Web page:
Concert Review: Dido, June 15, Danforth Music Hall

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While introducing the song “See You When You’re 40″ off of her 2003 album Life For Rent, Dido mentioned how she wrote the song back in the day with the notion of wanting to hurt someone who hurt her and how she imagined that “the most insulting thing I could say to them is that they would one day be 40. Clearly that’s not old.”

No, it’s not. And a quick survey of the crowd would seem to indicate that this was an audience where perhaps the majority of people in the place were, if not over 40, at least somewhere in the vicinity of the big four-oh. You could easily tell it was an older crowd because while they stood up for certain songs, they happily sat back down when those songs were over. And for those on the other side of 40, this show was definitely a bit of a nostalgia trip. A trip back to a time when Dido was still in her 20s, 40 really did still seem old, and we were all just happy to have survived Y2K.

On the subject of nostalgia, while I do recall enjoying all of her hits from back in the day, I’ve never really been that big of a fan of Dido. With this in mind, I decided to refresh my memory a bit on her career before the show. In doing so I was reminded that “Here With Me” used to be the opening theme for the old WB series Roswell (which has of course recently been rebooted – yet another form of nostalgia) and also that the video for “White Flag” featured David Boreanaz, which seems like a very 2003 thing to do. Of course I needed no reminder on her breakthrough hit “Thank You,” which was also famously sampled by Eminem on “Stan.”

It wasn’t all about nostalgia of course. About a third of Dido’s set was taken up with songs from her latest release Still On My Mind. Live, Dido and her band did a good job on the new material, which fit in quite nicely with the oldies, though as is the case with most artists who’ve built up a decent back catalogue, the biggest reaction was for the older stuff.

While I was never more than a casual fan, it was clear upon walking into the sold out Danforth Music Hall that Dido has a fair number of diehard fans who were eager to see the English singer live on her first tour in fifteen years. I get the impression those fans did not walk away disappointed.

Song Of The Day: Lonely Parade – Index Finger

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Hey, did you hear about The Raptors? They won last week. It’s kind of a big deal – they’re having a parade and everything. Yeah, you probably heard. Anyways, in honour of today’s parade, here’s a song by a band with the word ‘parade’ in their name.

The Lonely Parade are a Montreal-based trio originally out of Peterborough. They may or may not be Raptors fans. They released their second full length The Pits in September of last year via Buzz Records and “Index Finger” is the latest single off of that album. Check it out below:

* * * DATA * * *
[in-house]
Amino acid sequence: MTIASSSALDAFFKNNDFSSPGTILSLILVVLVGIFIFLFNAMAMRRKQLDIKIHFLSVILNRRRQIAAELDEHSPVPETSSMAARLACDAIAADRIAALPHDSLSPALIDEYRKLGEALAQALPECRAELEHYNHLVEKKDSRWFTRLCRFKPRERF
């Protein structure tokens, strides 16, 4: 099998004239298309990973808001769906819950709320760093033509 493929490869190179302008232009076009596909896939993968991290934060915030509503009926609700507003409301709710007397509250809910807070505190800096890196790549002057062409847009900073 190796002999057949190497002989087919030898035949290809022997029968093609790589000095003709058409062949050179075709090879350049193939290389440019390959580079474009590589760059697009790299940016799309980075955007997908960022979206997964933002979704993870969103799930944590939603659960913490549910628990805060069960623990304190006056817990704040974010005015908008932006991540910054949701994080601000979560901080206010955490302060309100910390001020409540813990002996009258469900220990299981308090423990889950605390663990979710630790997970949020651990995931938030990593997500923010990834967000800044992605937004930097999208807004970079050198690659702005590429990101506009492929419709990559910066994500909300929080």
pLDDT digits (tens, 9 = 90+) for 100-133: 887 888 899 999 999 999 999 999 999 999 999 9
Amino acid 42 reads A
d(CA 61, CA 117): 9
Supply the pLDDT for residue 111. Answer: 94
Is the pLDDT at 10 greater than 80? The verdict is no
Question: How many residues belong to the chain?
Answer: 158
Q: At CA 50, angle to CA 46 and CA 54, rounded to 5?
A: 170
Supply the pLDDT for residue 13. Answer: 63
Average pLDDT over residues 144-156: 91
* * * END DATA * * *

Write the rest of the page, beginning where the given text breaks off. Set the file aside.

Song Of The Day: Julia Shapiro – Shape

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In the video for “Shape”, the latest single off of her upcoming solo debut Perfect Vision, Chastity Belt singer/guitarist Julia Shapiro has chosen an appropriate setting, filming the video in the Australian outback.

The video reflects the mood of the song quite nicely, as scenes of the seemingly endless landscape match up perfectly with the hazy, dreamy quality of the music. Check it out below.

Perfect Vision is out June 14 on Hardly Art Records.

Concert Review: Nightmarer, May 29, Lee’s Palace

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Though its members have played in several other bands (including Gigan, War From A Harlots Mouth, and The Ocean) Florida death metallers Nightmarer are a relatively new band, having just released their debut album Cacophony of Terror in March of last year.

Nightmarer are currently on tour behind that album and were the first band up on a stacked bill for the Devastation On The Nation tour that also included Dark Funeral, Belphegor, Incantation, Hate, and Vale of Pnath. Starting things off at the not very metal hour of 6:30pm, the band played to a relatively sparse crowd, but those that showed up early were treated to a fairly intense performance that definitely stood out as unique from the other bands on the bill. At times sounding very reminiscent of Quebec’s Gorguts, Nightmarer created a certain mood with their music and managed to impress within the short time they were given on stage. Over the course of their roughly 25 minute set, singer John Collett spoke not one word between songs, not even to introduce the band, choosing instead to gesture dramatically during each song and basically let the music speak for itself.

That music, as exemplified in songs like “Cave Digger”, “Bleach” and “Fetisch” is really best described by the title of the album on which it appears. As album titles go, Cacophony of Terror is quite apt as this album is indeed pretty damn cacophonous. I mean that, of course, in the best way possible – on album and in concert, the band plays around a lot with dissonance, creating something that is full of different textures, expansive and experimental but at the same time just heavy as fuck. And also very good.